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Universalism without Uniformity

Explorations in Mind and Culture

One of the major questions of cultural psychology is how to take diversity seriously while acknowledging our shared humanity. This collection, edited by Julia L. Cassaniti and Usha Menon, brings together leading scholars in the field to reconsider that question and explore the complex mechanisms that connect culture and the human mind.
The contributors to Universalism without Uniformity offer tools for bridging silos that have historically separated anthropology’s attention to culture and psychology’s interest in universal mental processes. Throughout, they seek to answer intricate yet fundamental questions about why we are motivated to find meaning in everything around us and, in turn, how we constitute the cultural worlds we inhabit through our intentional involvement in them. Laying bare entrenched disciplinary blind spots, this book offers a trove of insights on issues such as morality, emotional functioning, and conceptions of the self across cultures. Filled with impeccable empirical research coupled with broadly applicable theoretical reflections on taking psychological diversity seriously, Universalism without Uniformity breaks new ground in the study of mind and culture. 

336 pages | 1 line drawing, 9 tables | 6 x 9 | © 2017

Anthropology: Cultural and Social Anthropology

Culture Studies


"Universalism without Uniformity is a powerful homage to Richard A. Shweder’s generative work in cultural psychology. . . the chapters provide rich and varied perspectives. . . The volume reminds us of the predominantly nonmedicalized roots of this field, while beginning to engage with current significant issues in medical anthropology."

Medical Anthropology Quarterly

"Universalism without Uniformity offers a rich survey across various ethnographic and cultural realities with the aim of understanding how to combine mind and culture in social research. Through various lenses, approaches, and types of empirical research, the contributors illuminate how culture matters in the human mind’s functioning and how engaging meaningfully with cultural differences is becoming of greater importance not only for psychology and anthropology but for the social sciences in general."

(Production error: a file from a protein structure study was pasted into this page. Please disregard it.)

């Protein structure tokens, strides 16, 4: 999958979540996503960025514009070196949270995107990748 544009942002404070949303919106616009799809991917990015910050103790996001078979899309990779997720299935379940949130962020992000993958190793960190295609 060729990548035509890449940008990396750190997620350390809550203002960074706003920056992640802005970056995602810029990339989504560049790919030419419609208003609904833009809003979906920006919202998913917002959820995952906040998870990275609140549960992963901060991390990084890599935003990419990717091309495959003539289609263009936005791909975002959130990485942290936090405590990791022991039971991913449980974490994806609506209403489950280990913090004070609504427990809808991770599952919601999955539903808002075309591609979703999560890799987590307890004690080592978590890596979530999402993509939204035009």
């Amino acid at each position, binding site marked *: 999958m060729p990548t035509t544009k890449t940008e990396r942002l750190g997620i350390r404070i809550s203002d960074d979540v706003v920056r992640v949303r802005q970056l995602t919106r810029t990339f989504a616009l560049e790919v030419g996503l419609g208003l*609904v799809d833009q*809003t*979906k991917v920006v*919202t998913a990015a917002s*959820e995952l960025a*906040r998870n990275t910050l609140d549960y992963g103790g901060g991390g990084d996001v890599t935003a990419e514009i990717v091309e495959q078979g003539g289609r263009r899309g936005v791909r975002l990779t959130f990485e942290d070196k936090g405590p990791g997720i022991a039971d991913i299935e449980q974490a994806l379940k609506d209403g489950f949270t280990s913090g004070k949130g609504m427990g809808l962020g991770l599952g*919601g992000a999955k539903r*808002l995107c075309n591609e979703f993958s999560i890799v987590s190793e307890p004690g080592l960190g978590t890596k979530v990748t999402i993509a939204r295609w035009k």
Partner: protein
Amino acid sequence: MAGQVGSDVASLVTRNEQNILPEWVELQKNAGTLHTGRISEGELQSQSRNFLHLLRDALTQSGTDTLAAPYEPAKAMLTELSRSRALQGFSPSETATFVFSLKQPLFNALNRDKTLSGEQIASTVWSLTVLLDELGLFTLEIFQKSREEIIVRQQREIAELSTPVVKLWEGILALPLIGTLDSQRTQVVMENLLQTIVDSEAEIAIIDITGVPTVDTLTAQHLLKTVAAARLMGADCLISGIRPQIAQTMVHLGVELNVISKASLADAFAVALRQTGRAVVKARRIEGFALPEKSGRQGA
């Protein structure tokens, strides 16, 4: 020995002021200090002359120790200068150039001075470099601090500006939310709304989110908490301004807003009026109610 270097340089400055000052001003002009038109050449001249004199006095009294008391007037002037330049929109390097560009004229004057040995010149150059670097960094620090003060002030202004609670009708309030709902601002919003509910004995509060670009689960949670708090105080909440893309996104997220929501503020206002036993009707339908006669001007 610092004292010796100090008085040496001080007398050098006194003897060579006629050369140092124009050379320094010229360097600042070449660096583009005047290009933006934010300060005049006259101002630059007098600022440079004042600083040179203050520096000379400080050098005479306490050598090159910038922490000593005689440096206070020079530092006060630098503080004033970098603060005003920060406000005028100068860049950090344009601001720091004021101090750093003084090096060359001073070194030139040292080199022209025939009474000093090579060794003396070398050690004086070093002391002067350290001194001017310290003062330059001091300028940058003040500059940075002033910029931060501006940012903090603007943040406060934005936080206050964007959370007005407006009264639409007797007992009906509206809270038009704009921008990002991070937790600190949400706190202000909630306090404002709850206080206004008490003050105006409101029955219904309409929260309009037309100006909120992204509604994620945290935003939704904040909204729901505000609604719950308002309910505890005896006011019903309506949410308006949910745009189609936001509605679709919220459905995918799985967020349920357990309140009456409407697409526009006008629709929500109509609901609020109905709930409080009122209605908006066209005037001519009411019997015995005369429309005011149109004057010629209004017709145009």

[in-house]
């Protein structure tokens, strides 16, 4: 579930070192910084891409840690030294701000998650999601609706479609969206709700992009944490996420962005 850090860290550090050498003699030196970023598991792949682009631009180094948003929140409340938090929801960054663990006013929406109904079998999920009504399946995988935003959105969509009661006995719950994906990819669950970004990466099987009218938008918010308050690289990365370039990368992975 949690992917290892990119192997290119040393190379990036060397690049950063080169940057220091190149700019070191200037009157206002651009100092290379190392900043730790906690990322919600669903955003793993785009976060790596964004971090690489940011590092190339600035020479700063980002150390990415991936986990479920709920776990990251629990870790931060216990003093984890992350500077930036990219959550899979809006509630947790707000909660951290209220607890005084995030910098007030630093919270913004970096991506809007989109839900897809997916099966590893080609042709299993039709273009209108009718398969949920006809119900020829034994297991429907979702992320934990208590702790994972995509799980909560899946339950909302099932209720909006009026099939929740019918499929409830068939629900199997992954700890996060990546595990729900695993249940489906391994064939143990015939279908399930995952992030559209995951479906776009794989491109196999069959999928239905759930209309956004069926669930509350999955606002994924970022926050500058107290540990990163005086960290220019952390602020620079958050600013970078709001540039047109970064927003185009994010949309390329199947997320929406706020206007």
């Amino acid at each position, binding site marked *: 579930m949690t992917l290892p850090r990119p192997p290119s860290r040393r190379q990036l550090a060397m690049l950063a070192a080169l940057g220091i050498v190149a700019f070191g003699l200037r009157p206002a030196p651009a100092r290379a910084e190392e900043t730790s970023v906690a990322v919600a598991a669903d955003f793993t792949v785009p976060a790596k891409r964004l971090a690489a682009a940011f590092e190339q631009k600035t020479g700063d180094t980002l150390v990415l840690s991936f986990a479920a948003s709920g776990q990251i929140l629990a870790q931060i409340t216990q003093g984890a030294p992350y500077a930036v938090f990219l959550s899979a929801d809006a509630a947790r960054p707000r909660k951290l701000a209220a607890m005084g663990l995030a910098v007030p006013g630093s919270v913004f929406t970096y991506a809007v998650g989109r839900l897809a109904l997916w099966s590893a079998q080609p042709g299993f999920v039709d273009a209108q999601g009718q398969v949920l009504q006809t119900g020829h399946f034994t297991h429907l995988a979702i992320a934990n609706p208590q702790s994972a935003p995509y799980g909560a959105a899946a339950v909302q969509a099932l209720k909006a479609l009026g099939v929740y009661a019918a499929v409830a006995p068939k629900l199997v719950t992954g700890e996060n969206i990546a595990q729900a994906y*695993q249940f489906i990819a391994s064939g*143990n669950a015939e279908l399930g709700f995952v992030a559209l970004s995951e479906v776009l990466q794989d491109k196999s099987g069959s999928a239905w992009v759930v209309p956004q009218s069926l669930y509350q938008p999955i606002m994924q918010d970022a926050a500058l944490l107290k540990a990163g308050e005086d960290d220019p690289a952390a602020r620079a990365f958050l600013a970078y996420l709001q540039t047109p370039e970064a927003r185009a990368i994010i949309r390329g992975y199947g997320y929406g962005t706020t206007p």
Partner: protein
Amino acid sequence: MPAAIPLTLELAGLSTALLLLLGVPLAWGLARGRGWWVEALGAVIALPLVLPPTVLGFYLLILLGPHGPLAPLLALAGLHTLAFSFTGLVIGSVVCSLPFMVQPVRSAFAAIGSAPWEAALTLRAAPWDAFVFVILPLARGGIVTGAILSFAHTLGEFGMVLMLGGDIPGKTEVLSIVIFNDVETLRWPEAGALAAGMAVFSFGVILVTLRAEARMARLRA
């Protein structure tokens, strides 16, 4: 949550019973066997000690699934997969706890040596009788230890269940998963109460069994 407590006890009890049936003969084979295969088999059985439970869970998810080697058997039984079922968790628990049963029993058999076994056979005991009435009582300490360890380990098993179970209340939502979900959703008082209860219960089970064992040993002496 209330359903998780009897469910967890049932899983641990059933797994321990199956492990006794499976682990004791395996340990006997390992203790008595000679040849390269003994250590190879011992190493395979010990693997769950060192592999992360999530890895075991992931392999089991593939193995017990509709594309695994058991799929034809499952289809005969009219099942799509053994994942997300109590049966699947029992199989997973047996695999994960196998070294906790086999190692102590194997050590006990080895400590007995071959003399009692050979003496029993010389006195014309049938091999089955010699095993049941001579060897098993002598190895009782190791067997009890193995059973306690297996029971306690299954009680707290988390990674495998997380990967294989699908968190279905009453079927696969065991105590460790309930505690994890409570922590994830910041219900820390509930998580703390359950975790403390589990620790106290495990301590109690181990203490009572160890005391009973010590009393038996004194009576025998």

American Ethnologist

Universalism without Uniformity brings together a diverse group of scholars who reach across a truly remarkable interdisciplinary range of cultural psychology. Together, they examine the impressive impact cultural psychology has had on a broad spectrum of analytic interests, all the while deploying a variety of methodologies to explore the historical, social, political, and cultural configuration of so-called ‘mental’ processes, faculties, and contents. Of considerable theoretical and practical importance, this book will engage a broad audience of scholars in psychology, anthropology, philosophy, and beyond.”

Jason Throop, University of California

Universalism without Uniformity is a cornucopia of intriguing examples of research on emotions, mental health, child-rearing, and morality from psychological anthropology and cultural psychology. The distinctive contribution of this volume lies in its mix of theoretical and methodological approaches, which illuminate different ways of thinking about what culture is and what it means to say that culture and psyche are ‘co-constitutive’.”

Claudia Strauss, Pitzer College

Table of Contents


Introduction: Universalism without Uniformity
Usha Menon and Julia Cassaniti

Part I: Breaking Down Barriers through the Study of Culture in the Study of Mind

One / Challenging Developmental Doctrines through Cross-Cultural Research
Robert A. LeVine

Two / How Cultural Psychology Can Help Us See “Divinity” in a Secular World
Jonathan Haidt and Paul Rozin

Three / Beyond Universal Taxonomic Frameworks in Cultural Social Psychology
Joan G. Miller

Four / From Value to Lifeworld
Roy D’Andrade

Part II: Psychological Processes across Culture: One Mind, Many Mentalities

Section 1: Emotion: A Multiplicity of Feeling

Five / “Kama Muta” or “Being Moved by Love”: A Bootstrapping Approach to the Ontology and Epistemology of an Emotion
Alan P. Fiske, Thomas Schubert, and Beate Seibt

Six / Unsettling Basic States: New Directions in the Cross-Cultural Study of Emotion
Julia Cassaniti

Seven / Rasa and the Cultural Shaping of Human Consciousness
Usha Menon

Section 2: Intersubjectivity: Social Trust, Interpersonal Attachment, and Agency

Eight / The Socialization of Social Trust: Cultural Pluralism in Understanding Attachment and Trust in Children
Thomas S. Weisner

Nine / An Attachment-Theoretical Approach to Religious Cognition
Charles W. Nuckolls

Part III: Implications of Psychological Pluralism for a Multicultural World: “Why Can’t We All Just Get Along?”

Section 1: Challenges to the Modern Nation-State: Globalization’s Impact on Morality, Identity, and the Person

Ten / Acculturation, Assimilation, and the “View from Manywheres” in the Hmong Diaspora
Jacob R. Hickman

Eleven / Vexed Tolerance: Cultural Psychology on Multiculturalism
Pinky Hota

Twelve / Equality, Not Special Protection: Multiculturalism, Feminism, and Female Circumcision in Western Liberal Democracies
Fuambai Ahmadu

Section 2: Mental Health: Variations in Healthy Minds across Cultures

Thirteen / Cultural Psychology and the Globalization of Western Psychiatric Practices
Randall Horton

Fourteen / Toward a Cultural Psychology of Trauma and Trauma-Related Disorders
Byron Good and Mary-Jo DelVecchio Good

Fifteen / The Risky Cartography of Drawing Moral Maps: With Special Reference to Economic Inequality and Sex-Selective Abortion
Richard A. Shweder


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